DeMarcus Cousins back in Lexington
Former University of Kentucky basketball standout DeMarcus Cousins has suffered his third major injury to the same leg in the past two years.
ESPN’s Adrian Wojnarowski reported that the Los Angeles Lakers center tore the ACL in his left knee during a workout this week, confirming the news through Cousins’ agent, Jeff Schwartz. The ESPN report said Cousins bumped knees with another player while training in Las Vegas on Monday.
Wojnarowski said no timeline has been set for Cousins’ surgery, but the injury could sideline him for most or all of the 2019-20 season.
Cousins signed a one-year, $3.5 million contract with the Lakers this offseason, joining a team that includes former UK star Anthony Davis and LeBron James.
Cousins, 29, spent last season with the Golden State Warriors, averaging 16.3 points, 8.2 rebounds and 3.6 assists in 30 regular-season games. He fought through a left quadriceps injury suffered during his second career playoff game and wound up returning in time to contribute for the Warriors in the NBA Finals. He averaged 7.6 points, 4.9 rebounds and 2.4 assists in eight postseason games.
Cousins, who previously was a teammate of Davis in New Orleans, suffered a torn left Achilles tendon in January 2018 that ended his 2017-18 season with the Pelicans.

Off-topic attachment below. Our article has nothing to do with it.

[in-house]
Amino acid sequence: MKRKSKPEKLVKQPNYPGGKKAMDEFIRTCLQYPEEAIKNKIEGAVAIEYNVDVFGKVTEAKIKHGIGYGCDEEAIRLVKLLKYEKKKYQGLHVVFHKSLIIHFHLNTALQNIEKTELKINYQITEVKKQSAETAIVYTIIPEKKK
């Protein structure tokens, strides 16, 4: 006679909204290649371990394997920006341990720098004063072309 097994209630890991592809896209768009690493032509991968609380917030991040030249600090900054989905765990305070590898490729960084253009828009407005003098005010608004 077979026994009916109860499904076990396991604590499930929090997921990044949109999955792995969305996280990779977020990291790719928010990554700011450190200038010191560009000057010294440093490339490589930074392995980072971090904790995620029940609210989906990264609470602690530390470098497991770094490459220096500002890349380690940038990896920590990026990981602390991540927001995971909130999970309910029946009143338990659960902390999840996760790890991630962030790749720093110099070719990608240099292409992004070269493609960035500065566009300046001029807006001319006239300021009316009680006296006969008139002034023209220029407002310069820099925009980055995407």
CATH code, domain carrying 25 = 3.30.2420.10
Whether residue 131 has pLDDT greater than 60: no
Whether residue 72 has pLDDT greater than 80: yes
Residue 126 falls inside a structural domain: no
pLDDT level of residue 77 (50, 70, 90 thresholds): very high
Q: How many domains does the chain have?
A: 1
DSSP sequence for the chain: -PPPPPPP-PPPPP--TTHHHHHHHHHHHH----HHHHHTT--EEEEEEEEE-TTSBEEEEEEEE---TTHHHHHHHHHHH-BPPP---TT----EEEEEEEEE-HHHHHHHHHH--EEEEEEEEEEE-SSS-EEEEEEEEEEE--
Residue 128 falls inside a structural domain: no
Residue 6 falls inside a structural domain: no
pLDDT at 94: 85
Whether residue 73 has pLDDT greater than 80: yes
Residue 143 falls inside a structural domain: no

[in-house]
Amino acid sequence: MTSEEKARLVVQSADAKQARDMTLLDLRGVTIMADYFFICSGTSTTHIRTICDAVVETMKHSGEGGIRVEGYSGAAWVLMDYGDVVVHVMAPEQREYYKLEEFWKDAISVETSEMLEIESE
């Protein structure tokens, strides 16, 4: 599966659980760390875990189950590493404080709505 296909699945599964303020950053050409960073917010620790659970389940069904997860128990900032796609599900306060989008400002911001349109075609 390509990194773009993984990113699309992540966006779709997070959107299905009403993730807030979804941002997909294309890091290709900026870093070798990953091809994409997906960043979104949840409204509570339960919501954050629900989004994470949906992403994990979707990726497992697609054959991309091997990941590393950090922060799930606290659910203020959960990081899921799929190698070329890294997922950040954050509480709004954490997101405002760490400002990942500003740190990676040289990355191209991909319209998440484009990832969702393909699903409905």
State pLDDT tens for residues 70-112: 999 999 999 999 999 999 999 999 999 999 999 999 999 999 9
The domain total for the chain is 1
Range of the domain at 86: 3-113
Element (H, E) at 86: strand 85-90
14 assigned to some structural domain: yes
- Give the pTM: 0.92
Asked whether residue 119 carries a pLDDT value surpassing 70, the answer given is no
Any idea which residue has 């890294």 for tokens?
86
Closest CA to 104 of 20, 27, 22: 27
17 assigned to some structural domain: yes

Across nine NBA seasons with the Sacramento Kings, New Orleans and Golden State, Cousins has averaged 21.2 points, 10.9 rebounds, 3.2 assists, 1.4 steals and 1.2 blocks per game. The 6-foot-11 Cousins is a four-time NBA All-Star.
Before Sacramento chose him No. 5 overall in the 2010 NBA Draft, Cousins played one season at Kentucky in 2009-10, helping lead the Wildcats to an NCAA Tournament Elite Eight while averaging 15.1 points and 9.8 rebounds per game.
This summer, the Herald-Leader voted Cousins one of the top 10 UK players during the John Calipari era and one of the top 10 NBA players under Calipari’s watch at Kentucky.
Cousins returned to Lexington last month as the general manager of a team in The Basketball Tournament, a $2 million event that brought eight teams to Kentucky for a weekend regional. At the time, Cousins was in good spirits.
“It feels good to be back (in Lexington). I feel like an 18-year-old kid again,” Cousins told the Herald-Leader’s Jared Peck. “I’m super excited for this opportunity for not only myself, but the guys who are actually putting in work on the floor — exciting times ahead.”
Cousins’ team won the Lexington Regional but was later eliminated in the quarterfinals of the 64-team tournament.